The UK gas system is currently under some strain as Centrica Storage Ltd announced that their largest gas storage site, Rough, would be offline until April 2018. This was announced at the beginning of 2017, and since then, the facility has been withdrawing gas into the UK system and is now only 5% full. Injections into storage will be unavailable until April 2018, and so very little gas remains at the facility for next winter. Rough generally makes up around 70% of UK winter supply. In the absence of Rough, the UK has been heavily dependent on imported gas from Norway, as well as Liquefied Natural Gas from around the world.
The lack of stored gas has begun to raise some questions over the future of gas supply in the UK. Only over the last few weeks, Medium Range gas storage sites have been in operation across the UK to help balance the system (at time of writing). There are eight Medium Range storage site located onshore in the UK which can provide quick response supply in times of high demand. They can also switch operation quickly; i.e. MRS sites can withdraw gas into the UK system in the morning, and then switch in the afternoon to injection into storage to replenish what has been supplied. The only fault with MRS sites is that they have considerably smaller/lower capacity capabilities than Rough (Long Range Storage site).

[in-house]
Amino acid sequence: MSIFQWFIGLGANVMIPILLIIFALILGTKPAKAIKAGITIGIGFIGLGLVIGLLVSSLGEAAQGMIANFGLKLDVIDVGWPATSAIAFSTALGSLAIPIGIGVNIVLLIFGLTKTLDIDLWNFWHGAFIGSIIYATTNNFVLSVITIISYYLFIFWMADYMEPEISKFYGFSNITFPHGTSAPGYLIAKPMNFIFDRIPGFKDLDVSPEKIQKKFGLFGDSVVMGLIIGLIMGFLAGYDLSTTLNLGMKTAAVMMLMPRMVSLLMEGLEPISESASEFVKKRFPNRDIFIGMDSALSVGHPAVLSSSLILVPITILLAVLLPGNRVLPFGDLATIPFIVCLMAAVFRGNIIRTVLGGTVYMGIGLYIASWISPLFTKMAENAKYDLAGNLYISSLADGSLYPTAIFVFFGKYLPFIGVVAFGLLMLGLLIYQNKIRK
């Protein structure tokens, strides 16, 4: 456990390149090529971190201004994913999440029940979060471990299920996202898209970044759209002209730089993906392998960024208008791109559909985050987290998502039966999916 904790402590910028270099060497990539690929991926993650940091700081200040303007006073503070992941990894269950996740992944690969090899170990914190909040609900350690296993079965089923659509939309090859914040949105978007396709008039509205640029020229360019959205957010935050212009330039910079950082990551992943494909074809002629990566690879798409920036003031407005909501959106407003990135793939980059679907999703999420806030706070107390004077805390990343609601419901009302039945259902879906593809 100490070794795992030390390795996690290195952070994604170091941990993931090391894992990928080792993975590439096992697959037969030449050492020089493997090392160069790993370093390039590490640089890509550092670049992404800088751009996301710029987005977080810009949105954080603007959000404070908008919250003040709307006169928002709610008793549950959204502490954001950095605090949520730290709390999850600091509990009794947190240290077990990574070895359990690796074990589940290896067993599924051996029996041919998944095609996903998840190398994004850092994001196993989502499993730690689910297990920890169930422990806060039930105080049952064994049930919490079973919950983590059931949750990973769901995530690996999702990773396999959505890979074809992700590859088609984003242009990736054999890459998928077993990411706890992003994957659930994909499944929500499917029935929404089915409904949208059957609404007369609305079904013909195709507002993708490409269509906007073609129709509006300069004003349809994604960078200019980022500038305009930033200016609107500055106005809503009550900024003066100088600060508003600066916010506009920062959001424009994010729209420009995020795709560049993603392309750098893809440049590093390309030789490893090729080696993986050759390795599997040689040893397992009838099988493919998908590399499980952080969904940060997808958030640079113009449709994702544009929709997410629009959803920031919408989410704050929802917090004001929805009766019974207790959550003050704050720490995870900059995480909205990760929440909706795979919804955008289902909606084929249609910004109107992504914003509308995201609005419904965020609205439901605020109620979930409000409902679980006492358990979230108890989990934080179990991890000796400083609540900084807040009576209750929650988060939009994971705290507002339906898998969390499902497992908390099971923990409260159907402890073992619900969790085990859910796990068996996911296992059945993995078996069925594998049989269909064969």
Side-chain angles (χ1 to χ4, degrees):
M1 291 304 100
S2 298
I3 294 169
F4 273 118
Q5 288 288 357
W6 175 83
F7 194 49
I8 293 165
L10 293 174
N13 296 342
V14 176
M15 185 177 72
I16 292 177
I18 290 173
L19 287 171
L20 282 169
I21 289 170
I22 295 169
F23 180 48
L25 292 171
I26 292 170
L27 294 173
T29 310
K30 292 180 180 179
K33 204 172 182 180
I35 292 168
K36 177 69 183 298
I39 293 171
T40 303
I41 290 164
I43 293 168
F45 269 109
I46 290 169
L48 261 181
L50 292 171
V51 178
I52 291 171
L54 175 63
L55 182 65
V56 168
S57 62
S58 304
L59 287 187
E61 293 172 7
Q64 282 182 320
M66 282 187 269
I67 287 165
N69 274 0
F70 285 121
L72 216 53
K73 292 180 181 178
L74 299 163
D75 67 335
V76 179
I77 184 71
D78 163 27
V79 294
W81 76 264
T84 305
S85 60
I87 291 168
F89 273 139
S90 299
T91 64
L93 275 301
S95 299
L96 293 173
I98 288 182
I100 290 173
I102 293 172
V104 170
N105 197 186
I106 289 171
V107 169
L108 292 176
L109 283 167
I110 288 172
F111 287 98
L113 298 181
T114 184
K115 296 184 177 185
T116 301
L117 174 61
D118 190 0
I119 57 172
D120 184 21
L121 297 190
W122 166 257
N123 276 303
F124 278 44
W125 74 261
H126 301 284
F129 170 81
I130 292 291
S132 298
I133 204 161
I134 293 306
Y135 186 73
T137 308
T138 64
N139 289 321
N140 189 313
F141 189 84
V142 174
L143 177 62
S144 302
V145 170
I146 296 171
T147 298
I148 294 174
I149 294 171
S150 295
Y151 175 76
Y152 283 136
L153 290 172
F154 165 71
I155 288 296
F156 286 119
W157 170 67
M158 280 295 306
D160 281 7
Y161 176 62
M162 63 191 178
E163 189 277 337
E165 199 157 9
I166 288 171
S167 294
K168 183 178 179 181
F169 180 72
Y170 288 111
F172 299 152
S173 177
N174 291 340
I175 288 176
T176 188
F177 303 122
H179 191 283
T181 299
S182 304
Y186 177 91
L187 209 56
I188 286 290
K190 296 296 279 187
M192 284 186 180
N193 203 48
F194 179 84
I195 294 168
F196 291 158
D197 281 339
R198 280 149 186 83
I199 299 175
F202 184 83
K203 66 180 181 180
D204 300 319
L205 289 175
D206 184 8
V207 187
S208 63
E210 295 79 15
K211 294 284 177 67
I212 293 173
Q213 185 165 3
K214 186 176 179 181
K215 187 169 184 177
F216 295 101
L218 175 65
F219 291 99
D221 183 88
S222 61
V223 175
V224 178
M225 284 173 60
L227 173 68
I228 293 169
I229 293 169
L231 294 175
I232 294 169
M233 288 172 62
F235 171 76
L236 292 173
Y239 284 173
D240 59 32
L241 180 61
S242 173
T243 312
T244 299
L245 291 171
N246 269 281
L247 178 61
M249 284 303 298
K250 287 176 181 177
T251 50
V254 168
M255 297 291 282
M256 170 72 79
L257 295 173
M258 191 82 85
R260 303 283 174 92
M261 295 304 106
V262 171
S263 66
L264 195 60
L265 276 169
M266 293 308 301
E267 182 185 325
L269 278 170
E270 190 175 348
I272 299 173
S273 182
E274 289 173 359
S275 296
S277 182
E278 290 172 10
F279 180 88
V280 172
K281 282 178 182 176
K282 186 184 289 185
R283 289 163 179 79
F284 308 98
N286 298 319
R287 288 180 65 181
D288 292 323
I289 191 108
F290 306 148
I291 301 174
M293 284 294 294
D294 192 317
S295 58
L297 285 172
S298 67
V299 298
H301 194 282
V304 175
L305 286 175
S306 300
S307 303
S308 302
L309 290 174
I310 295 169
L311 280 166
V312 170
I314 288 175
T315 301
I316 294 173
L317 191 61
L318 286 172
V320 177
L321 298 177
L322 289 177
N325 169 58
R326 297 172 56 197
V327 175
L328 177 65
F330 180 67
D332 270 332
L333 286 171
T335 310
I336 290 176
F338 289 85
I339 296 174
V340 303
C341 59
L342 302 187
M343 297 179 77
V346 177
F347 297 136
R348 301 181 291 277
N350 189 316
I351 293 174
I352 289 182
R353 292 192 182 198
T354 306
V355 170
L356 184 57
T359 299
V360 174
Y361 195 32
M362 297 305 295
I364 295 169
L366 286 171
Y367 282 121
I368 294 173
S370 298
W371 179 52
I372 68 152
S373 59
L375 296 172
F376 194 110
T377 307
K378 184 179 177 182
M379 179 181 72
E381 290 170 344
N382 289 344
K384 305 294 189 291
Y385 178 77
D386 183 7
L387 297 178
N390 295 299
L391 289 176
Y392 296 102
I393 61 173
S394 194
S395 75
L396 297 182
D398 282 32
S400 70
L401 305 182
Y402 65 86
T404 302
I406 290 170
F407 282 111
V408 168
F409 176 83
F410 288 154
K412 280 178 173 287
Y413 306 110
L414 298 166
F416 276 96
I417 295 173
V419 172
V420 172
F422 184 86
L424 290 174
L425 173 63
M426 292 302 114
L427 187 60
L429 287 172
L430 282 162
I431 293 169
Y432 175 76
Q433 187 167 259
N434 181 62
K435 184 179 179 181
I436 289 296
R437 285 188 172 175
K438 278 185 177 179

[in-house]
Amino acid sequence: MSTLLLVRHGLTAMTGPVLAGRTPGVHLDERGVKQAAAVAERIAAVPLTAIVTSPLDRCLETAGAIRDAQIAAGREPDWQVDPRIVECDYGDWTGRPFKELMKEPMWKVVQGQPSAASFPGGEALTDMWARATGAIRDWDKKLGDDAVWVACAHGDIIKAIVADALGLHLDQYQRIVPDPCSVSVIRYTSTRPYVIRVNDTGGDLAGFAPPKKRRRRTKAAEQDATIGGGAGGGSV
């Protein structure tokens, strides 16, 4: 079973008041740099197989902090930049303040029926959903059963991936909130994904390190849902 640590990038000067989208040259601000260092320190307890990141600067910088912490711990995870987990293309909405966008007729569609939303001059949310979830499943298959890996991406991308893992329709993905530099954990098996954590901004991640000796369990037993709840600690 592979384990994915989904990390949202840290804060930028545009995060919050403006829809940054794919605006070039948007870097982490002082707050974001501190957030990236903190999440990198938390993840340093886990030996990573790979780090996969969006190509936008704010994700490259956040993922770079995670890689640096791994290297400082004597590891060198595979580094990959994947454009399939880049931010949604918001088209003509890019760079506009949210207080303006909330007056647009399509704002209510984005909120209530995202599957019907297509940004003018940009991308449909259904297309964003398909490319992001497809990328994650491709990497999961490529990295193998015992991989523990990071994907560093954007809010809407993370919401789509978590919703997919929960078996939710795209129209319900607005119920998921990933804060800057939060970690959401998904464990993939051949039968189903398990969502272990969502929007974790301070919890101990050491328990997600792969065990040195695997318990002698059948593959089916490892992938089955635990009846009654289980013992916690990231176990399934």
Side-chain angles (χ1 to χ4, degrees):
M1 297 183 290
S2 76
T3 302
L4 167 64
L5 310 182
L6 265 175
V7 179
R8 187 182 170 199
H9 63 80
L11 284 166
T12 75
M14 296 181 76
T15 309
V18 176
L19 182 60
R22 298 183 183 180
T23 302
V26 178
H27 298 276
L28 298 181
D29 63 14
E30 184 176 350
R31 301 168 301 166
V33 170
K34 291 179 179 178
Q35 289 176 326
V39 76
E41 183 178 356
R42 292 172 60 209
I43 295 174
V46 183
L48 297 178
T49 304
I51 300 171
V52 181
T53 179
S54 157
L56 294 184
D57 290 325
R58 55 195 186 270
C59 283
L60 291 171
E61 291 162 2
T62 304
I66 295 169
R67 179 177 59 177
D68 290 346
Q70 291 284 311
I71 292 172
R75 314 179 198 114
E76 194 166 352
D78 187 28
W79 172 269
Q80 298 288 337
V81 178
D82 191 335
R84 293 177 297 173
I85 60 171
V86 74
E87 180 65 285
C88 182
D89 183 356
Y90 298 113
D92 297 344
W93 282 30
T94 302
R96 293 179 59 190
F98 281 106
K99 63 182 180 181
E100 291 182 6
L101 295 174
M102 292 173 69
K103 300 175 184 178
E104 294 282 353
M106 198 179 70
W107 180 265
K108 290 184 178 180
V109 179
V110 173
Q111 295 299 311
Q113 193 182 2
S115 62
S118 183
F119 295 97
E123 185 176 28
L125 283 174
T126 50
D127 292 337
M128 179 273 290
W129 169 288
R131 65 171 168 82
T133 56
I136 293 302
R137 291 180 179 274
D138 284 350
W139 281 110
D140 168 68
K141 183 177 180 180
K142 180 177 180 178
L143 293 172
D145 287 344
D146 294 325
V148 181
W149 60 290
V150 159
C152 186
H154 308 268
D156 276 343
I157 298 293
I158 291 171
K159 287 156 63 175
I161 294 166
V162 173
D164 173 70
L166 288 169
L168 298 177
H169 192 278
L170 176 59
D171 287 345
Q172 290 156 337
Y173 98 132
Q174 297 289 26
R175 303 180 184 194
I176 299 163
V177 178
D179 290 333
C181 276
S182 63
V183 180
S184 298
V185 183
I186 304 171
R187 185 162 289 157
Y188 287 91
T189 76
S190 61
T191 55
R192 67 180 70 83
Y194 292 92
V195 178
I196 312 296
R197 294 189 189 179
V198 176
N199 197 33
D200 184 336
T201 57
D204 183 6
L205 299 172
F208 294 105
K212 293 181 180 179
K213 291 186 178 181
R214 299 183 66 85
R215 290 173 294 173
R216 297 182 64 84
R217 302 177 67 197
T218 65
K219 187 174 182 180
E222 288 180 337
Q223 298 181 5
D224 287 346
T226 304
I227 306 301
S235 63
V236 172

National Grid’s website notes:
And on the back of this, there are currently measures being taken to ensure there will be enough gas supply in the UK. While LNG contracts have always been in place, and pipelines connecting the UK to European countries are still flowing healthily, Centrica have been improving alternative offshore facilities to strengthen UK own supply of gas. Centrica have invested £60 million in improvement on Morecambe Bay gas sites. They will be refurbishing some platforms located off shore in Morecambe Bay in an attempt to strengthen gas supply to the UK from the East Irish Sea.
Sources: EDF, Centrica Storage Ltd, Energy Live News, National Grid, Reuters.